Fred Singer : biography
1967: Department of Interior and EPA
In 1967 he accepted the position of deputy assistant secretary with the U.S. Department of the Interior, where he was in charge of water quality and research. When the U.S. Environmental Protection Agency was created on 1970, he became its deputy assistant administrator of policy.
1971–1994 University of Virginia
Singer accepted a professorship in Environmental Sciences at the University of Virginia in 1971, a position he held until 1994, where he taught classes on environmental issues such as ozone depletion, acid rain, climate change, population growth, and public policy issues related to oil and energy. In 1987 he took up a two-year post as chief scientist at the Department of Transportation, and in 1989 joined the Institute of Space Science and Technology in Gainesville, Florida where he contributed to a paper on the results from the Interplanetary Dust Experiment using data from the Long Duration Exposure Facility satellite. When he retired from Virginia in 1994, he became Distinguished Research Professor at the Institute for Humane Studies at George Mason University until 2000., Science & Environmental Policy Project, accessed May 13, 2010.
Naomi Oreskes and Erik Conway say that Singer was involved in the Reagan administration’s efforts to prevent regulatory action to reduce acid rain.Oreskes, Naomi and Erik M. Conway, "Chapter 3: Sowing the Seeds of Doubt," in Merchants of Doubt: How a Handful of Scientists Obscured the Truth on Issues from Tobacco Smoke to Global Warming, New York: Bloomsbury Press, 2010: p66-106.
Singer has worked as a consultant for several government agencies, including the House Select Committee on Space, NASA, the Government Accountability Office, the National Science Foundation, the United States Atomic Energy Commission, National Research Council, the Department of Defense Strategic Defense Initiative, Department of Energy Nuclear Waste Panel, and the Department of the Treasury. Other clients have included the states of Virginia, Alaska, and Pennsylvania. In the private sector he has worked for Mitre Corp., GE, Ford, General Motors; during the late 1970s Singer consulted with Exxon, Shell, Unocal Sun Oil, and ARCO on oil pricing; and Lockheed Martin, Martin–Marietta, McDonnell-Douglas, ANSER, and IBM on space research. He has also advised the Independent Institute, the American Council on Science and Health, and Frontiers of Freedom., accessed May 15, 2010.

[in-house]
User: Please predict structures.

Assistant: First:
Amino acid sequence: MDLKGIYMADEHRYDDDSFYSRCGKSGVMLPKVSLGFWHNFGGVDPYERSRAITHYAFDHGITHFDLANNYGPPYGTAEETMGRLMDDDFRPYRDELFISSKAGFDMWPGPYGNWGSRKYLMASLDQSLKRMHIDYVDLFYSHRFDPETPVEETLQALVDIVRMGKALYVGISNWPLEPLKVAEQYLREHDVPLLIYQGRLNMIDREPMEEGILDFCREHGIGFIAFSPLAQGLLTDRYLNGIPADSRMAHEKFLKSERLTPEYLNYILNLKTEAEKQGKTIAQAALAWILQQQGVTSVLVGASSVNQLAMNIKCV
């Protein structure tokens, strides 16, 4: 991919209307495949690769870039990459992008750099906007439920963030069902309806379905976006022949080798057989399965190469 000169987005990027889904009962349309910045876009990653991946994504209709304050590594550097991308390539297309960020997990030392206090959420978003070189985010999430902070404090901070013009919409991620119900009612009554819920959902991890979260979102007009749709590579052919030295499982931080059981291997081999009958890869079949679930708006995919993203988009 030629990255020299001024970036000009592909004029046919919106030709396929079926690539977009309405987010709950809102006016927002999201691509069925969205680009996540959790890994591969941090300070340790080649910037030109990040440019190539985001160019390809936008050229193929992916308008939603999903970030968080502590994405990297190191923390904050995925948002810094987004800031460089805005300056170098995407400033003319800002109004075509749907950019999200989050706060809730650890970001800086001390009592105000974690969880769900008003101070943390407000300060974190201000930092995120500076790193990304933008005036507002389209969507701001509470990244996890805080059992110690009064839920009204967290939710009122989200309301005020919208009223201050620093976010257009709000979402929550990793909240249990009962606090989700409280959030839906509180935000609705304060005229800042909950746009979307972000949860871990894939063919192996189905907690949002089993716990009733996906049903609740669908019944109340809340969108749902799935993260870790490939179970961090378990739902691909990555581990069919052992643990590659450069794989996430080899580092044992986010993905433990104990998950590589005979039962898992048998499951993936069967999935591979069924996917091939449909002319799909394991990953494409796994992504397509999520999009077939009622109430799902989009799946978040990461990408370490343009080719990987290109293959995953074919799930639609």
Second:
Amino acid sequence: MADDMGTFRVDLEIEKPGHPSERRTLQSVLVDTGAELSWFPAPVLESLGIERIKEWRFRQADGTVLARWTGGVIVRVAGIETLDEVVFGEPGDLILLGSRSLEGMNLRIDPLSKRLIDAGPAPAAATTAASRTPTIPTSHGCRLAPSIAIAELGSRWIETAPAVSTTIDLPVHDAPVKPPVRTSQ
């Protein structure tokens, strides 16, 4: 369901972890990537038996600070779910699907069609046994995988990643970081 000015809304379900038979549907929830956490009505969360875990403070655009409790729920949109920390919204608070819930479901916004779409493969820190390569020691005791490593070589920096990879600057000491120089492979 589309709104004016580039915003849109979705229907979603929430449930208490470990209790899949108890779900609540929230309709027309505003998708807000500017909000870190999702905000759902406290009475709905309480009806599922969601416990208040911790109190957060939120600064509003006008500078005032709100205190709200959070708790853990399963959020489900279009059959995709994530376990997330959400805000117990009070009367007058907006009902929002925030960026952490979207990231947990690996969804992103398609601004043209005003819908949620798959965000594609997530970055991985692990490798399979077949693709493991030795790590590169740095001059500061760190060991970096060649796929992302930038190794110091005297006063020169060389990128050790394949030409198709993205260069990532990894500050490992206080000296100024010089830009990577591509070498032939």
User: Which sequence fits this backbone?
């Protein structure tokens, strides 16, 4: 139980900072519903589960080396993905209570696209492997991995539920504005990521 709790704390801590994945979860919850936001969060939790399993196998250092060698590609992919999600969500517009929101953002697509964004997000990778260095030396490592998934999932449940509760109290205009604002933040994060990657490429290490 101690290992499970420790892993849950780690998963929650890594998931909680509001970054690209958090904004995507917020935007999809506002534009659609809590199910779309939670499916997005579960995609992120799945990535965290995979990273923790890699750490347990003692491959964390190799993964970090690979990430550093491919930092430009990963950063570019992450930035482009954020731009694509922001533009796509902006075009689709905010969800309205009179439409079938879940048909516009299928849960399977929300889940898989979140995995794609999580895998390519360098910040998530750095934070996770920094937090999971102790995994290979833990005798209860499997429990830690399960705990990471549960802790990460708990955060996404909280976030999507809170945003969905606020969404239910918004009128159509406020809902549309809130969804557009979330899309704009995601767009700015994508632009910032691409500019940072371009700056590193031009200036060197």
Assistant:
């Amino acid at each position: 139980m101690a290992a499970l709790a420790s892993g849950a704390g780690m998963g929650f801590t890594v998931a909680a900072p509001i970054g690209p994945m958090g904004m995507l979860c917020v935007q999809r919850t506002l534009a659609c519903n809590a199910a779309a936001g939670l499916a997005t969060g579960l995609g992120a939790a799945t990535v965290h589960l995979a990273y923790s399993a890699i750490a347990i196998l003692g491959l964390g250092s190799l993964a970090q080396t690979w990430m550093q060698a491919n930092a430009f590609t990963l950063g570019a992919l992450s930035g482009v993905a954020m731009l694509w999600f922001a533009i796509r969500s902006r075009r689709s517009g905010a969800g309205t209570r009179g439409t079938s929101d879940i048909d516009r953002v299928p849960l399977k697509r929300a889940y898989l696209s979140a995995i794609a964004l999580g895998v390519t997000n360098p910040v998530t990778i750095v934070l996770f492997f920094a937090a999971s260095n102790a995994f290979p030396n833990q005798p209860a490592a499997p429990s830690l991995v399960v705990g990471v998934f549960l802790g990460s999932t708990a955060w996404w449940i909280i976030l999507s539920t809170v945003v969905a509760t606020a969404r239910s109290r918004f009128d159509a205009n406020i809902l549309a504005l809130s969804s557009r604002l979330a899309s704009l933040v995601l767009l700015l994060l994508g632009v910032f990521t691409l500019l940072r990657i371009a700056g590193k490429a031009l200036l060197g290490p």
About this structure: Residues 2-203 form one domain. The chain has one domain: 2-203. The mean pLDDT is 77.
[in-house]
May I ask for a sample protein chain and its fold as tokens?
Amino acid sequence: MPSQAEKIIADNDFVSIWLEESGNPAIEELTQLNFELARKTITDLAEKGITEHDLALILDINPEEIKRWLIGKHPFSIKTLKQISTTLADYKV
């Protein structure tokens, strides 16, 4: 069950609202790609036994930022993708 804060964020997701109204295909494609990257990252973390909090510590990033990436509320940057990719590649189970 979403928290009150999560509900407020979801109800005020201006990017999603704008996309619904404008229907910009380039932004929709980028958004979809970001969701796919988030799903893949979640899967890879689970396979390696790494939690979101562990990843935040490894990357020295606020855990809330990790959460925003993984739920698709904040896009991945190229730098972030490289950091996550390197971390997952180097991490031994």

- , American Council on Science and Health, May 15, 2008, accessed May 15, 2010;
- , December 15, 2003, accessed May 15, 2010.
Throughout his academic career Singer has written frequently in the mainstream press, including The New York Times, The Washington Post, and Wall Street Journal, often striking up positions that go against mainstream thinking. His overall position one of distrust of federal regulations and a faith in the free market. He believes in what Rachel White Scheuering calls "free market environmentalism": that market principles and incentives should be sufficient to lead to the protection of the environment and conservation of resources. Regular themes in his articles have been energy, oil embargoes, OPEC, Iran, and rising prices. Throughout the 1970s, for example, he downplayed the idea of an energy crisis and said it was largely a media event., Scientific & Environmental Protection Project, accessed May 18, 2010. In several papers in the 1990s and 2000s he struck up other positions against the mainstream, questioning the link between UV-B and melanoma rates, and that between CFCs and stratospheric ozone loss.
In October 1967, Singer wrote an article for The Washington Post from the perspective of 2007. His predictions included that planets had been explored but not colonized, and although rockets had become more powerful they had not replaced aircraft and ramjet vehicles. None of the fundamental laws of physics had been overturned. There was increased reliance on the electronic computer and data processor; the most exciting development was the increase in human intellect by direct electronic storage of information in the brain—the coupling of the brain to an external computer, thereby gaining direct access to an information library.Singer, S. Fred. , The Washington Post, October 1, 1967.